California Class Action Lawyers Investigate College Tutors Data Breach • LegalScoops


‣ Government-issued ID cards suspended
‣ Over 24,000 affected by data breach

On June 3, 2022, Varsity Tutors, LLC, based in St. Louis, Missouri (“Varsity Tutors”) began notifying data subjects of a data breach related to their government-issued photo ID. Above 24,000 employees or contractor tutors for the company could be affected by this violation.

According to Varsity Tutors, in late October 2021, the company was notified by an independent cyber researcher that some information held by Varsity Tutors may be publicly available. While Varsity Tutors says it fixed the issue, it acknowledged that it wasn’t able to rule out “unauthorized access or acquisition of certain files.” [. . . ] between November 1st and 6th, 2021.”

Additionally, according to Varsity Tutors, Varsity Tutors completed its internal investigation around May 11, 2022 and that government-issued photo IDs uploaded by Tutors into Varsity Tutors’ system were impacted by this event. Personal information that may be at risk includes full name, address, and driver’s license number or non-driver government ID number.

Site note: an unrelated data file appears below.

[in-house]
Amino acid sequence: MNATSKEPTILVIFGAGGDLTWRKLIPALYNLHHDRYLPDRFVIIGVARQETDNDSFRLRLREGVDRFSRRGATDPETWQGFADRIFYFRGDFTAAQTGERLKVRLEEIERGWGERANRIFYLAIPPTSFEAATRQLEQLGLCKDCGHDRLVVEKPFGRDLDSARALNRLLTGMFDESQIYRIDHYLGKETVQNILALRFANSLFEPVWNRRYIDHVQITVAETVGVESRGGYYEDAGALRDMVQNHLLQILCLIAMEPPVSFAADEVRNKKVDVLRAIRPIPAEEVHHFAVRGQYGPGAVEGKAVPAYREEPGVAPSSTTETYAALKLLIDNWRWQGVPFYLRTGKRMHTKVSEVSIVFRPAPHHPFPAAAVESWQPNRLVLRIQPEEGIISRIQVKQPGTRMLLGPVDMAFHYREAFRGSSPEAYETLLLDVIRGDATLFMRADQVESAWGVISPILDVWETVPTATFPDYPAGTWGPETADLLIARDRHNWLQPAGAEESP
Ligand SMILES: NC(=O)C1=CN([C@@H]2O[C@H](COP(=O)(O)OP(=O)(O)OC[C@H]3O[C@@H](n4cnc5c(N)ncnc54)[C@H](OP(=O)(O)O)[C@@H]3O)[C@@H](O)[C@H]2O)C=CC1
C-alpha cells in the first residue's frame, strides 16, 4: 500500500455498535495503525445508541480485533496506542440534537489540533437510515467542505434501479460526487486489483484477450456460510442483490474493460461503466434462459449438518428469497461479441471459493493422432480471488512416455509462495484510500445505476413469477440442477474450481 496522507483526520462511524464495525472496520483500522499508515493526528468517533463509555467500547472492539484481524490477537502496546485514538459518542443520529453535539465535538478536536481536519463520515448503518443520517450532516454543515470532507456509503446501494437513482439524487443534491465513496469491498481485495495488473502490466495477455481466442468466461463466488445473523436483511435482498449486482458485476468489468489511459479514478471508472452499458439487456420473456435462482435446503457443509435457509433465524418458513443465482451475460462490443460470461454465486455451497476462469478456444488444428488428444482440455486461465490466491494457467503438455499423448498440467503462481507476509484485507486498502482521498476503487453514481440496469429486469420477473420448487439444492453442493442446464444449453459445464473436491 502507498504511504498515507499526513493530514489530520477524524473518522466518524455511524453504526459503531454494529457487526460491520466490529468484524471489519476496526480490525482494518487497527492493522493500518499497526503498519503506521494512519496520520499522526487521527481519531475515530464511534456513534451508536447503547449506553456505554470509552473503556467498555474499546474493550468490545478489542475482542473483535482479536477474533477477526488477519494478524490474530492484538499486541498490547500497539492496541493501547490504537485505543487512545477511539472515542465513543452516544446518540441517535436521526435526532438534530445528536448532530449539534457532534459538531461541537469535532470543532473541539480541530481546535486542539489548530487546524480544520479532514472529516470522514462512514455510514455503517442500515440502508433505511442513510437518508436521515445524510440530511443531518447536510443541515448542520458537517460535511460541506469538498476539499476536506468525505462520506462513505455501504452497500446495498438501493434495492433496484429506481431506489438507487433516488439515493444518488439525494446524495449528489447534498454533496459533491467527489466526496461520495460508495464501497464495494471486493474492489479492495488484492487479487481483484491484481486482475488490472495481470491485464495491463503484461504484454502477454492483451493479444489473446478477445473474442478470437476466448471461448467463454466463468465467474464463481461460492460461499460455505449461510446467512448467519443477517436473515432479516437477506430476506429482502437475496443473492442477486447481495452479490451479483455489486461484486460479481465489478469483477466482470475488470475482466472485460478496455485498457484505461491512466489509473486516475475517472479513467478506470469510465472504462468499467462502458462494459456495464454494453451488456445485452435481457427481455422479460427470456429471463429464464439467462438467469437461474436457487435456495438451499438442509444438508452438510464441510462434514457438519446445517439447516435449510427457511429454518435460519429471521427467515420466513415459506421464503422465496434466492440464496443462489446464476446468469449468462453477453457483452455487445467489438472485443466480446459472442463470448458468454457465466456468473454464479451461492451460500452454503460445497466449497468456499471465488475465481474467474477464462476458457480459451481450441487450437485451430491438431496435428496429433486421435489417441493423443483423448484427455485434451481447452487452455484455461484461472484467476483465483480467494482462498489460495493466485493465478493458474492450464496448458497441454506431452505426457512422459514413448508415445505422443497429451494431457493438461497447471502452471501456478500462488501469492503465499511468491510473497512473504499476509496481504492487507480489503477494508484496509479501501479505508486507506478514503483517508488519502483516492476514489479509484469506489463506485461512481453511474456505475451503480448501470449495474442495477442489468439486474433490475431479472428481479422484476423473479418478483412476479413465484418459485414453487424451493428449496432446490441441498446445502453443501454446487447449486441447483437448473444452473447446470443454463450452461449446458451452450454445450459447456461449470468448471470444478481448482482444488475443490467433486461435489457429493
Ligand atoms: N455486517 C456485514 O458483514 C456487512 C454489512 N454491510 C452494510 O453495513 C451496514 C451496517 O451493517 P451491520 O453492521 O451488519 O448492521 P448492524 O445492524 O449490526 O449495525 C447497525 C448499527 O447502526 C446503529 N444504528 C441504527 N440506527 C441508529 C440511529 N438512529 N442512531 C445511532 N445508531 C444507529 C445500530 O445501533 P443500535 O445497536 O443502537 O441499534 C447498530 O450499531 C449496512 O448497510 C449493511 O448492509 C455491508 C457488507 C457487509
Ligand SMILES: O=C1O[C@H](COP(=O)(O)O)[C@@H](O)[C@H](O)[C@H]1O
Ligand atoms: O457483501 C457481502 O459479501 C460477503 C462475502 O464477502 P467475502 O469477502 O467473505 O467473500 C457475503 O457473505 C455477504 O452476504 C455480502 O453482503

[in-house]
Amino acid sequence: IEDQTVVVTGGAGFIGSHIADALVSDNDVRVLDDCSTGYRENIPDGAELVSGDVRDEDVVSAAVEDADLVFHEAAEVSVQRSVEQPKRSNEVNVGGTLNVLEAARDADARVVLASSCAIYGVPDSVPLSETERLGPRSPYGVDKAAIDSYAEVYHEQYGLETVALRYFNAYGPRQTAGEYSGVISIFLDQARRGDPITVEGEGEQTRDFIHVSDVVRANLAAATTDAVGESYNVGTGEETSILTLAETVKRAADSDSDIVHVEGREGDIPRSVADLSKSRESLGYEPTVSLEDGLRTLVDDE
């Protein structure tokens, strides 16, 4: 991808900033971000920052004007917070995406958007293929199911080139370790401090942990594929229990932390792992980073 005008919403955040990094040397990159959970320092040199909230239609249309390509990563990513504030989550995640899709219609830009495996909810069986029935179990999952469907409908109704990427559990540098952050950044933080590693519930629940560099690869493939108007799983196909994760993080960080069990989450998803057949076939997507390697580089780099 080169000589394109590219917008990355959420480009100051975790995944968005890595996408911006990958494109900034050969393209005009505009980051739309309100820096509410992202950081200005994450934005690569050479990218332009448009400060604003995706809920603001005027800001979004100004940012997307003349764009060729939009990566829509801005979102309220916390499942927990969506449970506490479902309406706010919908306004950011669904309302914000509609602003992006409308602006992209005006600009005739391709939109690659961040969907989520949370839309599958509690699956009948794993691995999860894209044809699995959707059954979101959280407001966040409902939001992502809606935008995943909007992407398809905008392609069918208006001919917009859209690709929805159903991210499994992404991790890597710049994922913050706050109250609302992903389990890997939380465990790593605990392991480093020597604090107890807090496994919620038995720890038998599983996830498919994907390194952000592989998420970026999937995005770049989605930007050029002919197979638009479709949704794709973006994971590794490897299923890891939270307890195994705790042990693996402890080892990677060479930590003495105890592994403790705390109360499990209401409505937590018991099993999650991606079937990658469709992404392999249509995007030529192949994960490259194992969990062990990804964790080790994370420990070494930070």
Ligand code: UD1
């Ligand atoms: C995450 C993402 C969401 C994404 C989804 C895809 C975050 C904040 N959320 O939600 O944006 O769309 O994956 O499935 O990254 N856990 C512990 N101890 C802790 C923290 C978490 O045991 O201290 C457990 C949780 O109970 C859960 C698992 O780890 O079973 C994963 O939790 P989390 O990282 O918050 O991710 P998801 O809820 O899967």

The full communication from Varsity Tutors can be viewed here.

Uni tutors did not start notifying affected people until nearly eight months after they were informed of the exposed data. Varsity Tutors is now belatedly offering free identity monitoring services to data subjects through Equifax for a year. The registration deadline for this service is set out in the notice.

For a free privacy consultation, fill out the form below or call us at 1-844-BREACH8 (1-844-273-2248).

Special California laws protect you

California has laws that specifically protect your personal information.

  • That California Customer Records Act (CCRA) requires businesses to establish and maintain appropriate security procedures and practices to protect consumers’ personal information. Businesses must also notify affected California consumers promptly and without undue delay.
  • That California Consumer Privacy Act (CCPA) provides many safeguards for the personal information of California residents, including implementing and maintaining appropriate security procedures.